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L.A. Celebration Brings Home Animation

January 26, 1989|CHARLES SOLOMON

The third biannual Los Angeles Animation Celebration, which opens tonight with the world premiere of "Felix the Cat: The Movie" (Hungary) at the Wadsworth Theatre in West Los Angeles, has become the largest animation festival in the world.

In 1985, 200 films competed in the festival. In 1987, the number rose to 400. And this year more than 850 films from 35 countries are vying for over $95,000 in cash prizes and awards in 12 categories.

Although several festivals devoted to animation are held annually in Europe and Japan, the Los Angeles Celebration, which runs through Feb. 3 at the Wadsworth and the Nuart Theatre in West Los Angeles, is the only major festival in the Western Hemisphere, where animation was invented and where a substantial percentage of world production remains centered.

Festival organizers plan to turn the Los Angeles Celebration into an annual event.

"We believe that the animation industry in America needs a festival that focuses on its concerns," said festival chairman Terry Thoren. "The foreign festivals like Annecy (France), have a flavor of really being for Europeans. Ours has developed more of a Western feel: The animation industry in this country has expanded and begun to catch up with the cultural aspects of the medium that are presented in the festival.

"I believe that this year's festival truly covers the entire spectrum of animation as it exists today. The films range from the surreal visions of Jan Svankmejer to the classic masterpieces of David Hand to the cutting edge of computer animation to what's hot in animated commercials. The programs offer something for everyone."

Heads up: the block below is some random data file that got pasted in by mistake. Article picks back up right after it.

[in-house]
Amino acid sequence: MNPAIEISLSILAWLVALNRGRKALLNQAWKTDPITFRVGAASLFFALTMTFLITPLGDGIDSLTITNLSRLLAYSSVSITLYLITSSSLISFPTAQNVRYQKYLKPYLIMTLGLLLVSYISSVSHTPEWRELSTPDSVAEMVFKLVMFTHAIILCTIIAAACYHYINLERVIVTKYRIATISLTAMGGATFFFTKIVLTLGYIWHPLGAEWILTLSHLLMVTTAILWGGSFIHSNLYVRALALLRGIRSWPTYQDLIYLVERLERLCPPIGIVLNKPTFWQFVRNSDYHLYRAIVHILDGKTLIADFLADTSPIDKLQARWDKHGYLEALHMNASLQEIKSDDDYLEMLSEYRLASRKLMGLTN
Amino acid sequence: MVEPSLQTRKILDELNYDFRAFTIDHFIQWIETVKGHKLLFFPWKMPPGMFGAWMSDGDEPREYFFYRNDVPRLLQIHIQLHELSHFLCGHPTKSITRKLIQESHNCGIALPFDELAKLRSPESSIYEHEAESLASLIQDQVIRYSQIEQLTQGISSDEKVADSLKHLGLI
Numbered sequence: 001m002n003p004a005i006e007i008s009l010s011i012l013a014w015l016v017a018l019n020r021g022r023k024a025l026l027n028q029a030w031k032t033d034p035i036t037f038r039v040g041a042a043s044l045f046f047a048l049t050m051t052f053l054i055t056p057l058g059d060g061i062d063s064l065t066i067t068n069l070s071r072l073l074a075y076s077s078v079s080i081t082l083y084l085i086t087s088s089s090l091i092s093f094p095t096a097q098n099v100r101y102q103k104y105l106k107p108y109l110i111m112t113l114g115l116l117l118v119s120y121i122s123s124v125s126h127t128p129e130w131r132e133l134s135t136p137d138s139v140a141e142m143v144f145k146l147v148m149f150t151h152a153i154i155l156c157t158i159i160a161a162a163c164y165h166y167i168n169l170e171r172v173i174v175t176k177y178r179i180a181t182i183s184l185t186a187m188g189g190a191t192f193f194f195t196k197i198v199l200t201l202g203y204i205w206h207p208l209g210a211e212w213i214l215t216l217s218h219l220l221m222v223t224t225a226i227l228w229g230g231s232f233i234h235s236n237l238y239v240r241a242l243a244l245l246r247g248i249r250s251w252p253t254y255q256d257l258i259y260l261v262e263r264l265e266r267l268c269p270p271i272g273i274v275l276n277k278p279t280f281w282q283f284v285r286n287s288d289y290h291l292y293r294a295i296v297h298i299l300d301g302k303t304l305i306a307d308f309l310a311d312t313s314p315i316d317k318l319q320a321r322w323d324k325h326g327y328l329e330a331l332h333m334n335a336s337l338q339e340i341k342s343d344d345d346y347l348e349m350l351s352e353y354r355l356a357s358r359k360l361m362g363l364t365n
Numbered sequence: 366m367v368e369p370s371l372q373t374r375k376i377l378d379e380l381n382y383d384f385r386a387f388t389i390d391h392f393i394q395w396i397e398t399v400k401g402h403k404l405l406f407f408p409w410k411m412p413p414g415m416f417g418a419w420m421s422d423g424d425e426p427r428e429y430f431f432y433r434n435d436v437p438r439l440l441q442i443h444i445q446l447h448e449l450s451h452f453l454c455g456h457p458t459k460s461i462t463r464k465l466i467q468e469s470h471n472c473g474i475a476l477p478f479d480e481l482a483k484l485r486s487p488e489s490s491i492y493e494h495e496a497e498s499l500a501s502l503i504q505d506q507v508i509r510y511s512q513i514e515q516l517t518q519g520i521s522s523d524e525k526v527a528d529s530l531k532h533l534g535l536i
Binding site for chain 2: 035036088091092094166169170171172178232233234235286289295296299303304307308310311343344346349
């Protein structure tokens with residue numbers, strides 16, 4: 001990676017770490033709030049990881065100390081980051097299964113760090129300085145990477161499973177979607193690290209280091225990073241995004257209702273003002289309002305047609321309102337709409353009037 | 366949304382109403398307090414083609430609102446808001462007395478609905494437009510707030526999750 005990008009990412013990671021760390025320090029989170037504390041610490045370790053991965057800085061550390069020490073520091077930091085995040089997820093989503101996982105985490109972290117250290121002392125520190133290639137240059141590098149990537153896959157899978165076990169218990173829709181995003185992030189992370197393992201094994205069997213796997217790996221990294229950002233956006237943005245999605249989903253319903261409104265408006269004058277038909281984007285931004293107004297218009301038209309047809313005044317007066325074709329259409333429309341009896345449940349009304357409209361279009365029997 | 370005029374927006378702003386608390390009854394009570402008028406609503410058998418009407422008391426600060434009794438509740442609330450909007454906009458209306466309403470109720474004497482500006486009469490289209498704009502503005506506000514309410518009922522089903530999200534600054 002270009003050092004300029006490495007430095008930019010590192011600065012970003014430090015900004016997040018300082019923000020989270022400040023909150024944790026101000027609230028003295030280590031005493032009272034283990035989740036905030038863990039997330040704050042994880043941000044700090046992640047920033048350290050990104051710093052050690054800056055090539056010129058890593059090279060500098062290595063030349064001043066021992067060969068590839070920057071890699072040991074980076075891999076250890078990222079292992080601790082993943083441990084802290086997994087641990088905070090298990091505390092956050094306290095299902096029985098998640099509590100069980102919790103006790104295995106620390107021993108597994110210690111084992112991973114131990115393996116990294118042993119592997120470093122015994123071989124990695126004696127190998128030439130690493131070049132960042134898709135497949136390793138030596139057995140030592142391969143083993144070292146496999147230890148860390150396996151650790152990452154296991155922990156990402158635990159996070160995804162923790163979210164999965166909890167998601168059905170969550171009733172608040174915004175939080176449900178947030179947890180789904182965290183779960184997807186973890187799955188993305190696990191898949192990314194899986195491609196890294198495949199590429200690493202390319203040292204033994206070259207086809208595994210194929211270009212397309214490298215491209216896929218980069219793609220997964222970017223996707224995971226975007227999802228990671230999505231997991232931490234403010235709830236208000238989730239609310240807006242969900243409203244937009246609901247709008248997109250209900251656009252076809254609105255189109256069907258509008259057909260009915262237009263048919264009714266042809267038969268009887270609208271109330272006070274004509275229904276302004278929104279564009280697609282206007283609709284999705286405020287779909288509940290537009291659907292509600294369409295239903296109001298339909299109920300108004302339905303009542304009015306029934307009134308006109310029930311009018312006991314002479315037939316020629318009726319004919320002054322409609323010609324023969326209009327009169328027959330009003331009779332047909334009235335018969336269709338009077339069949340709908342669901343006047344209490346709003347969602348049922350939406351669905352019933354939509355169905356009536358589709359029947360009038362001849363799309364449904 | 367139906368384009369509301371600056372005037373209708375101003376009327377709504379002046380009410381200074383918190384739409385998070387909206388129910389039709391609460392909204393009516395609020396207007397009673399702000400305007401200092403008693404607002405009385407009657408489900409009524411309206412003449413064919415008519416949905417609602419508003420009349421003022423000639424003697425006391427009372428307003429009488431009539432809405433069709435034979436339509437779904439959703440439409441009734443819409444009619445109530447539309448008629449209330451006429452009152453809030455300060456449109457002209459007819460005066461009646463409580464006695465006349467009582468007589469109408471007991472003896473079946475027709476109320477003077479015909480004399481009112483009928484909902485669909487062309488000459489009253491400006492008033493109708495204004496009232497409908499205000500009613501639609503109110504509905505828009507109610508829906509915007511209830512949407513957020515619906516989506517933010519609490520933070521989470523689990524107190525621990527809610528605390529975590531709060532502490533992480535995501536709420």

Included in the festival's 39 events are screenings of seven full-length features, eight programs of films in competition, six tributes to individual artists, two seminar series and surveys to contemporary animation in eight foreign countries. Among the highlights of the festival:

--The American premieres of "Heroic Times" (Hungary), Joszef Gemes' brooding story of medieval life, rendered in oil paint on canvas and glass on Tuesday, and "Robot Carnival" (Japan), a feature-length collection of short science-fiction films by eight leading Japanese animators tonight.

--"New Voices From China: A Salute to the Shanghai Animation Studio," a Saturday program that provides a rare look at some of the most artistically sophisticated animation being produced, including Te Wei Yang's exquisite "Feelings from the Mountains and Water" and "Shooting the Unshot," a new film made in Shanghai by Japanese master puppet animator Kihachiro Kawamoto.

--Tributes to voice artist Mel Blanc on Saturday and animator Art Babbitt on Feb. 2, including the only American screening of the British documentary on Babbitt, "Animating Art," which contains rare footage of the Disney artists at work during the 1930s.

--"MTV's Animated Rock," a Saturday program that includes the United Nations Universal Declaration of Human Rights film from the recent Amnesty International tour and the final judging of a competition to create new network promotional spots for MTV.

--A Friday tribute to animator-director Don Bluth (USA/Ireland), who will screen excised footage from "The Land Before Time," animation for the never-released laser disc video game, "Dragon's Lair II" and scenes from his forthcoming feature, "All Dogs Go to Heaven."

In addition to Blanc, Babbitt and Bluth, a number of artists are scheduled to appear at this year's celebration, including Yang Ding Xien, director of the Shanghai Animation Studio; Feodor Khitruk, president of the Union of Soviet Animators; John Coates, president, TVC, London; Czech animator-director Jan Svankmejer and Doug MacDonald, executive producer, English Language Animation, National Film Board of Canada.

Information: (213) 312-6630.

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